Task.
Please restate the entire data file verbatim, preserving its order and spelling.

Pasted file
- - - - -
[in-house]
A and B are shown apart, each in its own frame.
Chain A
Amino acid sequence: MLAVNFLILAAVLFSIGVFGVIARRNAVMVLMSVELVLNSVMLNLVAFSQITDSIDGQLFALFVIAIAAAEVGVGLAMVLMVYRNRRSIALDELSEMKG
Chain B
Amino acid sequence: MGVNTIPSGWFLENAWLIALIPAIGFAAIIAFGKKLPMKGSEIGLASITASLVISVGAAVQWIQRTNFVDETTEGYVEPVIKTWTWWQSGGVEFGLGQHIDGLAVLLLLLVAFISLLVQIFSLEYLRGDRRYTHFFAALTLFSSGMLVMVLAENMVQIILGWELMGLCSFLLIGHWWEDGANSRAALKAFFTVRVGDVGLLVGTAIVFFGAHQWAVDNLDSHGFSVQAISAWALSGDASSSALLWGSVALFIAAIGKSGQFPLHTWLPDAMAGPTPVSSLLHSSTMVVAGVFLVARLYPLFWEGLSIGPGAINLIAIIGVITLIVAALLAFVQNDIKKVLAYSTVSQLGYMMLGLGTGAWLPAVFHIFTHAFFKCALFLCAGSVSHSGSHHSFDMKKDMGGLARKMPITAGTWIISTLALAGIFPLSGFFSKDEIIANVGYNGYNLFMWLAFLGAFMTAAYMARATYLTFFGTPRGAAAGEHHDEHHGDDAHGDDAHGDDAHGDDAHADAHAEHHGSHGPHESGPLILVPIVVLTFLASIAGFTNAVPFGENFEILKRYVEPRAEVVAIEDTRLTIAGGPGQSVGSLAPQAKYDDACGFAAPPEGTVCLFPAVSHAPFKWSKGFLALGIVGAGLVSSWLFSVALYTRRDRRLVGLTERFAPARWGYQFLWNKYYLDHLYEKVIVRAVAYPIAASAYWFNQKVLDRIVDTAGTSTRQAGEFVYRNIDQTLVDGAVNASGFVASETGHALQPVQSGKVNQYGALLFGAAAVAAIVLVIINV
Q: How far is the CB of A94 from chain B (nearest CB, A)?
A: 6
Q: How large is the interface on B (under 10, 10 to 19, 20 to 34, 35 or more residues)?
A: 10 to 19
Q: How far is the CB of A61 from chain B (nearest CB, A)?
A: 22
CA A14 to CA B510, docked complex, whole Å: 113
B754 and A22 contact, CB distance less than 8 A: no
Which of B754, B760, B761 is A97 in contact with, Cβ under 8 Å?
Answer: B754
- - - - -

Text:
[in-house]
A and B are shown apart, each in its own frame.
Chain A
Amino acid sequence: MLAVNFLILAAVLFSIGVFGVIARRNAVMVLMSVELVLNSVMLNLVAFSQITDSIDGQLFALFVIAIAAAEVGVGLAMVLMVYRNRRSIALDELSEMKG
Chain B
Amino acid sequence: MGVNTIPSGWFLENAWLIALIPAIGFAAIIAFGKKLPMKGSEIGLASITASLVISVGAAVQWIQRTNFVDETTEGYVEPVIKTWTWWQSGGVEFGLGQHIDGLAVLLLLLVAFISLLVQIFSLEYLRGDRRYTHFFAALTLFSSGMLVMVLAENMVQIILGWELMGLCSFLLIGHWWEDGANSRAALKAFFTVRVGDVGLLVGTAIVFFGAHQWAVDNLDSHGFSVQAISAWALSGDASSSALLWGSVALFIAAIGKSGQFPLHTWLPDAMAGPTPVSSLLHSSTMVVAGVFLVARLYPLFWEGLSIGPGAINLIAIIGVITLIVAALLAFVQNDIKKVLAYSTVSQLGYMMLGLGTGAWLPAVFHIFTHAFFKCALFLCAGSVSHSGSHHSFDMKKDMGGLARKMPITAGTWIISTLALAGIFPLSGFFSKDEIIANVGYNGYNLFMWLAFLGAFMTAAYMARATYLTFFGTPRGAAAGEHHDEHHGDDAHGDDAHGDDAHGDDAHADAHAEHHGSHGPHESGPLILVPIVVLTFLASIAGFTNAVPFGENFEILKRYVEPRAEVVAIEDTRLTIAGGPGQSVGSLAPQAKYDDACGFAAPPEGTVCLFPAVSHAPFKWSKGFLALGIVGAGLVSSWLFSVALYTRRDRRLVGLTERFAPARWGYQFLWNKYYLDHLYEKVIVRAVAYPIAASAYWFNQKVLDRIVDTAGTSTRQAGEFVYRNIDQTLVDGAVNASGFVASETGHALQPVQSGKVNQYGALLFGAAAVAAIVLVIINV
Q: How far is the CB of A94 from chain B (nearest CB, A)?
A: 6
Q: How large is the interface on B (under 10, 10 to 19, 20 to 34, 35 or more residues)?
A: 10 to 19
Q: How far is the CB of A61 from chain B (nearest CB, A)?
A: 22
CA A14 to CA B510, docked complex, whole Å: 113
B754 and A22 contact, CB distance less than 8 A: no
Which of B754, B760, B761 is A97 in contact with, Cβ under 8 Å?
Answer: B754